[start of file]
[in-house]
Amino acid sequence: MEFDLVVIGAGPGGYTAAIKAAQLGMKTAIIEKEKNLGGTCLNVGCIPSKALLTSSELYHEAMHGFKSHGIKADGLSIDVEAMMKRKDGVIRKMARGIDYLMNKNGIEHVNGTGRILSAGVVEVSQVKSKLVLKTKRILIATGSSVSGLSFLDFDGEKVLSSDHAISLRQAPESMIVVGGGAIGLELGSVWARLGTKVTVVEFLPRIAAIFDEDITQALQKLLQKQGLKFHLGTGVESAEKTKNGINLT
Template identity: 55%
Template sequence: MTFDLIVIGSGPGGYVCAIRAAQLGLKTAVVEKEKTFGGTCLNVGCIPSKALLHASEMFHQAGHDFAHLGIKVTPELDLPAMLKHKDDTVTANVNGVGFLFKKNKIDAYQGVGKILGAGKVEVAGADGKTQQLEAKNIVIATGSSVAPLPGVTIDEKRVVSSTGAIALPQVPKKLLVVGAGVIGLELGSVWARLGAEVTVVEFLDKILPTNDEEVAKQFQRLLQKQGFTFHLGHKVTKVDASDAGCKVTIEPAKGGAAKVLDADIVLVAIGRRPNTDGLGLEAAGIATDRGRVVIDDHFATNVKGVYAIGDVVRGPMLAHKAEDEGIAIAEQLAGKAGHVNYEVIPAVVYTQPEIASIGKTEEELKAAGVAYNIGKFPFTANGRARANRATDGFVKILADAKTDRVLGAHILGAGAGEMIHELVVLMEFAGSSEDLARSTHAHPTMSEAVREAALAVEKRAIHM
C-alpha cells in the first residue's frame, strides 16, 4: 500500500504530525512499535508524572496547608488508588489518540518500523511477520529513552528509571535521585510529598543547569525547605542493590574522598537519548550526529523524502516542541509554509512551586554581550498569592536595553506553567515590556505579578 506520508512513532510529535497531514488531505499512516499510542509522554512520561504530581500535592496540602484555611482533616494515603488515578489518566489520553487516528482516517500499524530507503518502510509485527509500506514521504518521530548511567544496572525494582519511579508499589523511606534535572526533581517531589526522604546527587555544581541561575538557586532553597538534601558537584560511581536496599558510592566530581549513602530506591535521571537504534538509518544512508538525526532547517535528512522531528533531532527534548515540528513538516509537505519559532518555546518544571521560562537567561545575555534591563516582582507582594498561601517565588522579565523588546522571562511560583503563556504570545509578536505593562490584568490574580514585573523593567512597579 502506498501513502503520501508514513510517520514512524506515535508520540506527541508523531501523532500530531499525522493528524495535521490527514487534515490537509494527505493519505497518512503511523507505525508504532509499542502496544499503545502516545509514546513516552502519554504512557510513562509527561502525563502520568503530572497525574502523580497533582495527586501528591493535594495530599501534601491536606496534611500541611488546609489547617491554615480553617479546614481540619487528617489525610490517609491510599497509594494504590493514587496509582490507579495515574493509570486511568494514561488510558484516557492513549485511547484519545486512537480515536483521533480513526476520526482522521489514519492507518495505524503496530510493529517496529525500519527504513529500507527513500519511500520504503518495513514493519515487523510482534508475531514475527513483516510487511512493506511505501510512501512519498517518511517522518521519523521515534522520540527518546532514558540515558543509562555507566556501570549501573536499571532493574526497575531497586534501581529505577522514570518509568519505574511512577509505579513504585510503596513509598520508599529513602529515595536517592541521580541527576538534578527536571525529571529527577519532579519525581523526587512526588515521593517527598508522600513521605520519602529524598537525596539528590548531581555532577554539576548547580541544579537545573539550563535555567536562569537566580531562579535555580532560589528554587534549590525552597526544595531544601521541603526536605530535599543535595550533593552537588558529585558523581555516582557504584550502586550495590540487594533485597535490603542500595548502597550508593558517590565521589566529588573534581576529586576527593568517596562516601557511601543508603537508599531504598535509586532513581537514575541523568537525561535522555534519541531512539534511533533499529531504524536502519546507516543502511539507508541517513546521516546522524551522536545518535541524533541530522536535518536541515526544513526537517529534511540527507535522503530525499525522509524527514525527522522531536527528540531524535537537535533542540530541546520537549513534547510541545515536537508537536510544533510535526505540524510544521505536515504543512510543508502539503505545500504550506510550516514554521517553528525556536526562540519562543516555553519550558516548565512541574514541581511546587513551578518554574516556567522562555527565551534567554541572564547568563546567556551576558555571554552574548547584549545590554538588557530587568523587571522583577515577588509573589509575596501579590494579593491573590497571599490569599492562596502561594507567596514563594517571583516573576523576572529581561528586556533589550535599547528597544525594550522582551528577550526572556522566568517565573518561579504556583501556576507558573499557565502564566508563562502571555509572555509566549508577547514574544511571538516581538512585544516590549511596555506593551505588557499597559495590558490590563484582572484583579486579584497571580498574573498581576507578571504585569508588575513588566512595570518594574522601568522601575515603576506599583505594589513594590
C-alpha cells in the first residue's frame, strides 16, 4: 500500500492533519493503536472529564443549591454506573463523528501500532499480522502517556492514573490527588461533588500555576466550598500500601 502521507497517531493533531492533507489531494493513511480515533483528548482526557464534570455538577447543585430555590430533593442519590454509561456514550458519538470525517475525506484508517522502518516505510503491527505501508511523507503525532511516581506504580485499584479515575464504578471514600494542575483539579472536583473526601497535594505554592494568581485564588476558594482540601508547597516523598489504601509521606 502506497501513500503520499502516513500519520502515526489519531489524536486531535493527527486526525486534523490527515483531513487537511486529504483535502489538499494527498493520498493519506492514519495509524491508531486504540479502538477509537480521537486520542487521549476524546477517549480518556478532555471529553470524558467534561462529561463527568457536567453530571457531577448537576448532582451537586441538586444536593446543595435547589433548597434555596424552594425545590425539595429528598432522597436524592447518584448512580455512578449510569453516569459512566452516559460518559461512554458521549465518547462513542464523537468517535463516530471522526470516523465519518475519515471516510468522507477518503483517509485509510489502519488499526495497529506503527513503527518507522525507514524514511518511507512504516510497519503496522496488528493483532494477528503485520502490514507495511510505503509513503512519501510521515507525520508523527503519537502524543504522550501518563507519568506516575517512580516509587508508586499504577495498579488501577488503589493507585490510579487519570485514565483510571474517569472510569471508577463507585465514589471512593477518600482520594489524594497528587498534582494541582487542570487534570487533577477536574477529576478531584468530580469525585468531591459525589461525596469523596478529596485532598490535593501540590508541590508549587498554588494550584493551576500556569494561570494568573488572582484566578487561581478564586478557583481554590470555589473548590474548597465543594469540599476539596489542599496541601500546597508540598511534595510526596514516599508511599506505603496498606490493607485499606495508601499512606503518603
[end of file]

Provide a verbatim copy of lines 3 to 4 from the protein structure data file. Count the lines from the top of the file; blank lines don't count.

Template identity: 55%
Template sequence: MTFDLIVIGSGPGGYVCAIRAAQLGLKTAVVEKEKTFGGTCLNVGCIPSKALLHASEMFHQAGHDFAHLGIKVTPELDLPAMLKHKDDTVTANVNGVGFLFKKNKIDAYQGVGKILGAGKVEVAGADGKTQQLEAKNIVIATGSSVAPLPGVTIDEKRVVSSTGAIALPQVPKKLLVVGAGVIGLELGSVWARLGAEVTVVEFLDKILPTNDEEVAKQFQRLLQKQGFTFHLGHKVTKVDASDAGCKVTIEPAKGGAAKVLDADIVLVAIGRRPNTDGLGLEAAGIATDRGRVVIDDHFATNVKGVYAIGDVVRGPMLAHKAEDEGIAIAEQLAGKAGHVNYEVIPAVVYTQPEIASIGKTEEELKAAGVAYNIGKFPFTANGRARANRATDGFVKILADAKTDRVLGAHILGAGAGEMIHELVVLMEFAGSSEDLARSTHAHPTMSEAVREAALAVEKRAIHM